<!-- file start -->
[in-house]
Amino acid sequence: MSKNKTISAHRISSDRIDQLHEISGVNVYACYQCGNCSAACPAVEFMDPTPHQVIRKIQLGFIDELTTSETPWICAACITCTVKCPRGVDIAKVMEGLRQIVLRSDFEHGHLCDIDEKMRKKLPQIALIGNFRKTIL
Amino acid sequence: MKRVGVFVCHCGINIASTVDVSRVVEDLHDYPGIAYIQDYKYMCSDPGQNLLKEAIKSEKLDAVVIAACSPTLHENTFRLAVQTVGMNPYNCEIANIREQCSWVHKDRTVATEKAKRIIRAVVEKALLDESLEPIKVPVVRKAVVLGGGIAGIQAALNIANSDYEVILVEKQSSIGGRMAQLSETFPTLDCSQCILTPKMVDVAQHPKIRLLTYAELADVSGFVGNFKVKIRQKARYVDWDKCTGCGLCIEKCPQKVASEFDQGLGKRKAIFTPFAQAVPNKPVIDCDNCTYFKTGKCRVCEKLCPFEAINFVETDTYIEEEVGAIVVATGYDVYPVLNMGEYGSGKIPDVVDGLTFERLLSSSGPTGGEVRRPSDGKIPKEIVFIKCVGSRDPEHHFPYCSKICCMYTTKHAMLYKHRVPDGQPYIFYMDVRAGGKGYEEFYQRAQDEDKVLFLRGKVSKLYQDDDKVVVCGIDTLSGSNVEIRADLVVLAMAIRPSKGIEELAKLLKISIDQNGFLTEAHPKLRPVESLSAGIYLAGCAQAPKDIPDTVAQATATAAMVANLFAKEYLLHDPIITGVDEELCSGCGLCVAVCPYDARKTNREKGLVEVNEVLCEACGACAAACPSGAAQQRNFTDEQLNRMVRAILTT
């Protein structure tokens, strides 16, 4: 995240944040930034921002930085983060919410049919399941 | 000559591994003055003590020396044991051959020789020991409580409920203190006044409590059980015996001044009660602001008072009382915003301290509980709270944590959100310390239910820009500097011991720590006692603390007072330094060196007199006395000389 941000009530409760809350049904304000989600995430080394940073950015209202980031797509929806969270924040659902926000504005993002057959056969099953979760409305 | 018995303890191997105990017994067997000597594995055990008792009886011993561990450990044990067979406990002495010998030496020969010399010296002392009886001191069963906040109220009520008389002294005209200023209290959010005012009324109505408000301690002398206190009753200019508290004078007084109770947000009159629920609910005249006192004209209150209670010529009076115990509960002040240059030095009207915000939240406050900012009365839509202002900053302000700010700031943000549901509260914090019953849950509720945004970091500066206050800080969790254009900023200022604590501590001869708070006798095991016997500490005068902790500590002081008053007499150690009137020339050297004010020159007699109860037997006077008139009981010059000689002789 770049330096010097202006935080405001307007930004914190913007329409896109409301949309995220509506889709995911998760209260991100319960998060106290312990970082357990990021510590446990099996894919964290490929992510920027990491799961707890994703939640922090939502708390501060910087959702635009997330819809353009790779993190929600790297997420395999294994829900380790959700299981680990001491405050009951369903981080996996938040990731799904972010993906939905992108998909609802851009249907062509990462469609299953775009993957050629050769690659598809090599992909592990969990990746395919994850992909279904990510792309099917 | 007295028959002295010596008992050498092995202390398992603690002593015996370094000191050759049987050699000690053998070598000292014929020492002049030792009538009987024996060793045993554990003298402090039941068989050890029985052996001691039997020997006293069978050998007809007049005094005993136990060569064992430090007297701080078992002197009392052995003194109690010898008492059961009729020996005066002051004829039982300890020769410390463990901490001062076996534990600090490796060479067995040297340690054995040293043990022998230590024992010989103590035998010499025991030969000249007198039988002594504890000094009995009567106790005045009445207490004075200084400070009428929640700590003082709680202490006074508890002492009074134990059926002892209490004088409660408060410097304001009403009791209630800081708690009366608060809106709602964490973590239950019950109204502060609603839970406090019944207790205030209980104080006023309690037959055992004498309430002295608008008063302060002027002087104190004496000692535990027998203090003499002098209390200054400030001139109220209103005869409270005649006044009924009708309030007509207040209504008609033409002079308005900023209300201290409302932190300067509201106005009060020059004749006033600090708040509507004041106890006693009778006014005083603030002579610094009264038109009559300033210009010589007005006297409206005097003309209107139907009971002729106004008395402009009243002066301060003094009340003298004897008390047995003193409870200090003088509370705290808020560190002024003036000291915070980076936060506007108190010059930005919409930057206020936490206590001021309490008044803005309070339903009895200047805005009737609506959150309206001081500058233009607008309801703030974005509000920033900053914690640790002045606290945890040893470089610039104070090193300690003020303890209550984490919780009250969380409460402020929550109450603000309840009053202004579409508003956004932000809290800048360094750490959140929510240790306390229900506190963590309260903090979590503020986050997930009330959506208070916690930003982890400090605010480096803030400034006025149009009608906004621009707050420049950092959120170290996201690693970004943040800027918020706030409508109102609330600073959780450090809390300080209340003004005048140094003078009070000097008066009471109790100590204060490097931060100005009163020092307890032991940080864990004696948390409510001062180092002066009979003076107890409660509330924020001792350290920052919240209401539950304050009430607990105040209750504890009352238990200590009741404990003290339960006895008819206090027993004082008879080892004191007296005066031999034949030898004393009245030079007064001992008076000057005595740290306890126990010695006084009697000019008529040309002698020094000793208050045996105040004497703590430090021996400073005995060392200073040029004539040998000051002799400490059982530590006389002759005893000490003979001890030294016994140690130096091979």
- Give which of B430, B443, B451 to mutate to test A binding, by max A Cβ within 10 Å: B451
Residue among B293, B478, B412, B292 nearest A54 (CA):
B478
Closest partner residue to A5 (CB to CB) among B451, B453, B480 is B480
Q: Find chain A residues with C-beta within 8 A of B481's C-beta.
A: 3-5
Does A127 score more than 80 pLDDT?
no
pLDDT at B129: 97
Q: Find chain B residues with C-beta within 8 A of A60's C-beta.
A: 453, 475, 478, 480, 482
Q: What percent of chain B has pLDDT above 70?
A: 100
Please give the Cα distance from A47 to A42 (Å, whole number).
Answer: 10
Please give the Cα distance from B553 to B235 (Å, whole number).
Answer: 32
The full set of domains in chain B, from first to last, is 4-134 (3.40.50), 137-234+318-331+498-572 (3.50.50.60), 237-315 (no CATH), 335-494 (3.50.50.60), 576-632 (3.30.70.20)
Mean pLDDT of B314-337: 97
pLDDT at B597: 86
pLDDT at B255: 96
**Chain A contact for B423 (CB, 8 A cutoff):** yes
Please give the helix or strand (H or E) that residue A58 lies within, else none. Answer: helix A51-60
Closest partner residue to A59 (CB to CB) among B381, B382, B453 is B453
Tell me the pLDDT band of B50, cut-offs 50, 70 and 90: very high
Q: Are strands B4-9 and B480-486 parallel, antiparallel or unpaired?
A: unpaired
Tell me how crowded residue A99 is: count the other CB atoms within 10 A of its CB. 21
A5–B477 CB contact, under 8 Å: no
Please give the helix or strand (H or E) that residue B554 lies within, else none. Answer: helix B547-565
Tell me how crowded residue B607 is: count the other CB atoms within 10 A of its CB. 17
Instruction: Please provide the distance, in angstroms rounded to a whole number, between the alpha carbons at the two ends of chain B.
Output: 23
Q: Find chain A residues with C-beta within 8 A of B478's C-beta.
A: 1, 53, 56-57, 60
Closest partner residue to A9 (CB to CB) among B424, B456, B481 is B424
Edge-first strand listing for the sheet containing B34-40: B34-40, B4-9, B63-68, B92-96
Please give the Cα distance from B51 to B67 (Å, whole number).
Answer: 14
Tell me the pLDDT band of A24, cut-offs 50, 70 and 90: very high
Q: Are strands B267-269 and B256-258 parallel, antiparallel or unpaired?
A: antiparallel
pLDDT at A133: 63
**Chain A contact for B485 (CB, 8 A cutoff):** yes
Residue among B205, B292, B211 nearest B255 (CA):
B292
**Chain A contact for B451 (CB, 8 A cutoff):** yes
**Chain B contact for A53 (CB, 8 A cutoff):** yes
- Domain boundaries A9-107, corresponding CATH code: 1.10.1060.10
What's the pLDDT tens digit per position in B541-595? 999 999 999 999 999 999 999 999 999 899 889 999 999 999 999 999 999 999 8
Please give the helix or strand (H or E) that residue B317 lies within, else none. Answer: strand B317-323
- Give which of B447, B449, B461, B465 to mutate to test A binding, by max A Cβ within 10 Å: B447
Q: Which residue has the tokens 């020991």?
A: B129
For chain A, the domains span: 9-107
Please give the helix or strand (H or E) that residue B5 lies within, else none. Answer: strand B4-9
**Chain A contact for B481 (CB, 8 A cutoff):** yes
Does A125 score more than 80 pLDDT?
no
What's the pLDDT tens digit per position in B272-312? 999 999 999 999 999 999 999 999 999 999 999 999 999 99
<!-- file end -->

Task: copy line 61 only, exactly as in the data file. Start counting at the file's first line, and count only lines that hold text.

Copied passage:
**Chain A contact for B481 (CB, 8 A cutoff):** yes